This 26 acre area within the Golden Gate Park subtly divided into zones feature plant life from the various areas of the world.
The highlight of the Botanical Garden for us was definitely the Redwood Grove, offering an opportunity to see a few of these giants, something many will not be able to do if their travels don't extend beyond the city area.
There is a US$7 per person entry fee into the San Francisco Botanical Gardens
Here you can see exotic plant-life from the more humid and tropical areas of the world. Some lovely orchids, picture plants and giant lily pads among other interesting plants and flowers are housed in this Victorian era conservatory building.
While its the indoor scene you come and pay for, the highlight for us is the vibrant (and free) Dahlia Garden just outside the Conservatory building.
There is a US$7 per person entry fee into the Conservatory of Flowers.
To be honest, many Asian visitors or those who spend considerable time in the Orient will not find this a priority attraction. However, for those interested in a Japanese gardens and traditional Japanese landscape architecture, this would be a nice inclusion to your visit to the Golden Gate Park area.
There is a US$7 per person entry fee into the Japanese Tea Garden
Within the de Young Museum, there is free access to the lobby area and Hamon Tower. Taking lift to the Observation Level, you are afforded very nice 360 sweeping views of the Golden Gate Park and this area of San Francisco.
There is no fee to enter the Hamon Tower or the Observation Level. However, there is an entry fee to enter the main gallery areas of the de Young Museum.
The San Francisco Cable cars are an iconic attraction and an enjoyable way to spend an hour or so during a visit to this great city.
The Cable Cars slowly make their way through the streets of San Francisco between the Powell Street Station near Union Square all the way to Fisherman's Wharf. Best stops along the way are Cable Car Museum and Lombard Street.
Cable Car fee is US$6 per person
In addition to riding the actual cable cars, you can visit the free Cable Car Museum on Mason Street (Nob Hill). At the Cable Car Museum you can learn about the history of cable cars in San Francisco. There are a few old cable cars on display and you can also see the inner workings of the massive cable and pulley system used to support the existing system.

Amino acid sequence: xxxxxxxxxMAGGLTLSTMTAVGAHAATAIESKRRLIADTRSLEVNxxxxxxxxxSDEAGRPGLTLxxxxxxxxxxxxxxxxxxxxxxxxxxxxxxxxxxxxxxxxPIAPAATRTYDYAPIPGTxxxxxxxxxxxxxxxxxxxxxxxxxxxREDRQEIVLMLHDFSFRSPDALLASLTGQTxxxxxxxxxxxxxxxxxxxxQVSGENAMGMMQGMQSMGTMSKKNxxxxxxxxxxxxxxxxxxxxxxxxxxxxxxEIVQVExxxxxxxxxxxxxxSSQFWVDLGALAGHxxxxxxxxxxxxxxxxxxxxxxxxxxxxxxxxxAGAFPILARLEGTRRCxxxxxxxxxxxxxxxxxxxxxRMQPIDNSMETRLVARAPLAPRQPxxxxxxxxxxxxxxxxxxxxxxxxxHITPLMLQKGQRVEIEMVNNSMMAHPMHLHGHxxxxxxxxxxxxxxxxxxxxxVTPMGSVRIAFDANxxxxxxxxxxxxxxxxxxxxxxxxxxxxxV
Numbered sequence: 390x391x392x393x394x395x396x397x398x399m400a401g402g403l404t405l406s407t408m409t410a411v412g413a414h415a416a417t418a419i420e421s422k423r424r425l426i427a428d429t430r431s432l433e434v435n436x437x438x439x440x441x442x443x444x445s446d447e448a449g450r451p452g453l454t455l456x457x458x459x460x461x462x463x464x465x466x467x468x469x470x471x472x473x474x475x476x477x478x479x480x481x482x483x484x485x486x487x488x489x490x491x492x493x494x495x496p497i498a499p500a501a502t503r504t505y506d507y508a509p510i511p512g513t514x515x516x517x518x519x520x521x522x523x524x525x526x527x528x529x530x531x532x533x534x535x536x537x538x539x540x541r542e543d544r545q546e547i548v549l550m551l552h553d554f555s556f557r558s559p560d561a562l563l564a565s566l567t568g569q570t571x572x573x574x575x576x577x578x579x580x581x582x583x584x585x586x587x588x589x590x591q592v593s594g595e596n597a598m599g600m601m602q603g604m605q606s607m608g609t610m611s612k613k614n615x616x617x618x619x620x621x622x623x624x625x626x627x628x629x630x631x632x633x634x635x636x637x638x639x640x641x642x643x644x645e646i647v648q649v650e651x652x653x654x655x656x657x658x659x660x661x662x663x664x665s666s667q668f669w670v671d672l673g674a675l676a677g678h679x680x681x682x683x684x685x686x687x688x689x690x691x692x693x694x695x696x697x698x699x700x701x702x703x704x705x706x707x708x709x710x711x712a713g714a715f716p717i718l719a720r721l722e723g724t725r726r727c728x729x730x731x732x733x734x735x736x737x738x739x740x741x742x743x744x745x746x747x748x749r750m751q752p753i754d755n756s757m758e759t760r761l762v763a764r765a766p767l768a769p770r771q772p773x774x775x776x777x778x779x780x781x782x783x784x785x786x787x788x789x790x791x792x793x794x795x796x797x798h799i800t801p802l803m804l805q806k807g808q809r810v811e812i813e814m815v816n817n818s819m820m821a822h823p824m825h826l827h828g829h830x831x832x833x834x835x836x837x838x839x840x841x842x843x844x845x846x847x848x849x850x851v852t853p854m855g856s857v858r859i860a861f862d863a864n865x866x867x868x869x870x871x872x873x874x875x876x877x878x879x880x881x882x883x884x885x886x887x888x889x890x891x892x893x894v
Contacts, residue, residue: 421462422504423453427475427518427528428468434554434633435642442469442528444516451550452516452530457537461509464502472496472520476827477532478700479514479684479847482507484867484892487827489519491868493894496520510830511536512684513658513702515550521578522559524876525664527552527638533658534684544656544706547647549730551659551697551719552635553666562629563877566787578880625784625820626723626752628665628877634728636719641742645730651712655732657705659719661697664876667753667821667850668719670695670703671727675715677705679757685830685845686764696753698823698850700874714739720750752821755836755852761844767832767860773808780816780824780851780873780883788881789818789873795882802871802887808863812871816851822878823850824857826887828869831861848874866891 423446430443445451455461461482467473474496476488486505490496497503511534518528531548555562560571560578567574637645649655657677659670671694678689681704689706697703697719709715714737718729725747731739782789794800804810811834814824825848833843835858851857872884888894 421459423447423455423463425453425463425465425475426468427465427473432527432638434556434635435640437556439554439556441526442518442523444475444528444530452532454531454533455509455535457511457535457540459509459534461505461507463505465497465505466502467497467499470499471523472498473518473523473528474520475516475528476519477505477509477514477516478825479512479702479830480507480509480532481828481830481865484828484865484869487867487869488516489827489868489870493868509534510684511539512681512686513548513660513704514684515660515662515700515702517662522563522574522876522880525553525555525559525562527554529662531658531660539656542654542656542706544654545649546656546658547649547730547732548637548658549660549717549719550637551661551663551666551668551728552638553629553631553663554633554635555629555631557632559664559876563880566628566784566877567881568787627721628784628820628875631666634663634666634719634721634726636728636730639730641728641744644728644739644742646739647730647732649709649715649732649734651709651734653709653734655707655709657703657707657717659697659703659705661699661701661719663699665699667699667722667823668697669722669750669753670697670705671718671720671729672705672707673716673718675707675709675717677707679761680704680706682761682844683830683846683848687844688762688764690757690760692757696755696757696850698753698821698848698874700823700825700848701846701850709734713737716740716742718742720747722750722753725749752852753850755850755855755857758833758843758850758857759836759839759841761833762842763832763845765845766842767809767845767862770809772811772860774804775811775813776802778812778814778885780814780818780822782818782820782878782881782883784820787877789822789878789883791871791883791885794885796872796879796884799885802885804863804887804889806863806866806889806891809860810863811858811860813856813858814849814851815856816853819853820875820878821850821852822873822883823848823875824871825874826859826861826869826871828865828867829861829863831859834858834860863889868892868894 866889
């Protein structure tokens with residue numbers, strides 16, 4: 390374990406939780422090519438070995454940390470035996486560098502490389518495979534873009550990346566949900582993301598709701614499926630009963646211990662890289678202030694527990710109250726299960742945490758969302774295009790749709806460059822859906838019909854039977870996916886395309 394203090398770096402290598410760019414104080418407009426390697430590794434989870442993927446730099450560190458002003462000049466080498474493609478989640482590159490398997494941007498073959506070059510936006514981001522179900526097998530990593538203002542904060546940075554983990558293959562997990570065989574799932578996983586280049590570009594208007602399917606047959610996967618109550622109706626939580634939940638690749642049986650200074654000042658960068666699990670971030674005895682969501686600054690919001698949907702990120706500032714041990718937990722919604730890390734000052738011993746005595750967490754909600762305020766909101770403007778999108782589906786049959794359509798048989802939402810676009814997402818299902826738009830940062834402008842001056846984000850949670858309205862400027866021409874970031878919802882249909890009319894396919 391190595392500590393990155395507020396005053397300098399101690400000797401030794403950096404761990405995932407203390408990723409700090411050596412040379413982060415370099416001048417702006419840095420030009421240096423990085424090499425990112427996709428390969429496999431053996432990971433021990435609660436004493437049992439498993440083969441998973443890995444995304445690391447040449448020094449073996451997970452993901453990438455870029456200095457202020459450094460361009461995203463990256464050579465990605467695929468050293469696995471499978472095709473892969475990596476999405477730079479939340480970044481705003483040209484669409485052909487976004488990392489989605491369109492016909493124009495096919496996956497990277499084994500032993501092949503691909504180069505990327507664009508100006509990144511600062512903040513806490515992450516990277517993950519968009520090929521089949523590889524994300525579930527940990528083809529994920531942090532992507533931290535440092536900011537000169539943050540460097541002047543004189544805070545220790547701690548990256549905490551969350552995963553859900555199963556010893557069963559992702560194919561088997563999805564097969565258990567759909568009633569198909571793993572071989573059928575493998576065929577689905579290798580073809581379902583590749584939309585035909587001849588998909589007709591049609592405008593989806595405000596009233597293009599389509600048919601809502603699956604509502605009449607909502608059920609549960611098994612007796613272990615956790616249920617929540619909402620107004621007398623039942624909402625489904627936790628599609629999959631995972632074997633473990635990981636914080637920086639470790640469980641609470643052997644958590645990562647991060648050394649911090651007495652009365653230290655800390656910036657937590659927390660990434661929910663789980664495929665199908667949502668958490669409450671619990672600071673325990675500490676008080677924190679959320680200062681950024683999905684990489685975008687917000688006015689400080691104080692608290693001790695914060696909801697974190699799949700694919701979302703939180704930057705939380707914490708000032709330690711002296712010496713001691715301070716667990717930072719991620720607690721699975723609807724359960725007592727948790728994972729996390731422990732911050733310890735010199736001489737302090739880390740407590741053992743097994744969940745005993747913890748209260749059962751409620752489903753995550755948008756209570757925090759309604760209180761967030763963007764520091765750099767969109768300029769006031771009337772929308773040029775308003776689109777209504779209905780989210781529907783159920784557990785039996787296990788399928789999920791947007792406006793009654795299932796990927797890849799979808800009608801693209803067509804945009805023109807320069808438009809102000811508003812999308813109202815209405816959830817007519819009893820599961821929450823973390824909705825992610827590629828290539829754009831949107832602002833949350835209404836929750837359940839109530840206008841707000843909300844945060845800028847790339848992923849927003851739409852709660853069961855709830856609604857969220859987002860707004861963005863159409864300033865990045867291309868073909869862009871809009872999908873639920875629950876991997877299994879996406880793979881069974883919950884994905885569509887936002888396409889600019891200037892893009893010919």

Cable Car Museum entry is free
The windy streets, on Lombard Street, between Hyde and Leavensworth on Russian Hill are commonly referred to as the crookedest street in the world. It is a iconic location in San Francisco, a place that all first-time visitors should try to find.
A good way to arrive at the Lombard Street attraction is via the San Francisco Cable Car, which makes it way along Hyde street stopping here. Another fun way to visit is to actually drive down Lombard Street, making the hairpin turns as you admire the design of this street.
While its the famous San Francisco Cable Cars that gets most of the hype, its the historic F-line street car that we most enjoy.
The F-Line plies its way between the Castro district, along Market Street, then following The Embaradero all the way to Fisherman's Wharf, making it a good alternative to the much more touristy Cable Car for those who want to enjoy one of San Francisco's historic forms of transportation.
Street Car fee is US$2 per ride
Living in Hong Kong, we have to admit enjoying Chinatown in San Francisco, This is something we don't say often about Chinatown found around the world. This is a serious yet visitor friendly Chinatown, one that can be much enjoyed.
While the main area along Grant Avenue is a bit too touristy for our likings, selling many things that are not normally found in Chinese shops or marketplaces, there are other areas that offer you a more authentic experience. We particularly enjoyed the area along Stockton Road. At times, it did resemble being at home.
Shopping opportunities are a plenty in this area of the city. Just have a look at the Union Square website to see a list of shopping brands and companies that are found in the area.
Highlight for us would be the Macy's department store, a classic American store type which is rarely replicated with much success around the world. Views from the Cheesecake Factory terrace are also enjoyable around Union Square.
This is a good marketplace for local foodies with a bit of extra money to spend. Here you can find shops offering a good range of gourmet and high quality stuffs in a market hosted in a restored historical building on the pier.
Nearby, you can also catch nice views of the San Francisco Bay Bridge. Also, there is an interesting temporary exhibition called the Raygun Gothic Spaceship on display near Pier 14.
There is no fee to enter the Ferry Building Marketplace area.
Do make reservations in advance on OpenTable to avoid missing the experience to have some lovely prime rib at the House of Prime Rib. While the bread, sides and desserts may be a hit or miss, the prime rib has been excellent on both occasions that we have dined here.
We also enjoy the carving stations and how the meals are prepared right before your eyes. Talk about having confidence in your dishes.
House of Prime Rib is a fun, enjoyable and tasty night out. A meal we will eagerly repeat during future trips to San Francisco.
Locals rate and rave about this seafood diner on Green Street and it seems they have good reason for doing so. We had a most enjoyable seafood lunch here. While the chowder was just ok, nothing special, the prawn saute dish was simply divine, warranting praise and high recommendation.
Sotto Mare is now on our short list of 'must return' restaurants for future trips to San Francisco.
While is it a cliche but many visitors want to experience a bread-bowl of chowder along the Wharf. We have been disappointed with chowder in this area with the exception of the Blue Mermaid Chowder House, which has served up some very good chowder dishes for us over the past couple of years.
Food from the rest of their menu has been ok but nothing particularly special. It is the chowder that has made us happy at the Blue Mermaid Chowder House and will keep us coming back when visiting the Wharf area next time.
Handcraft coffee on offer at Blue Bottle and a queue full of eager customers patiently waiting for their freshly hand brewed cup.
This is a nice stop for coffee fans. We would have happily become regular customers had a Blue Bottle Coffee branch been available where we live.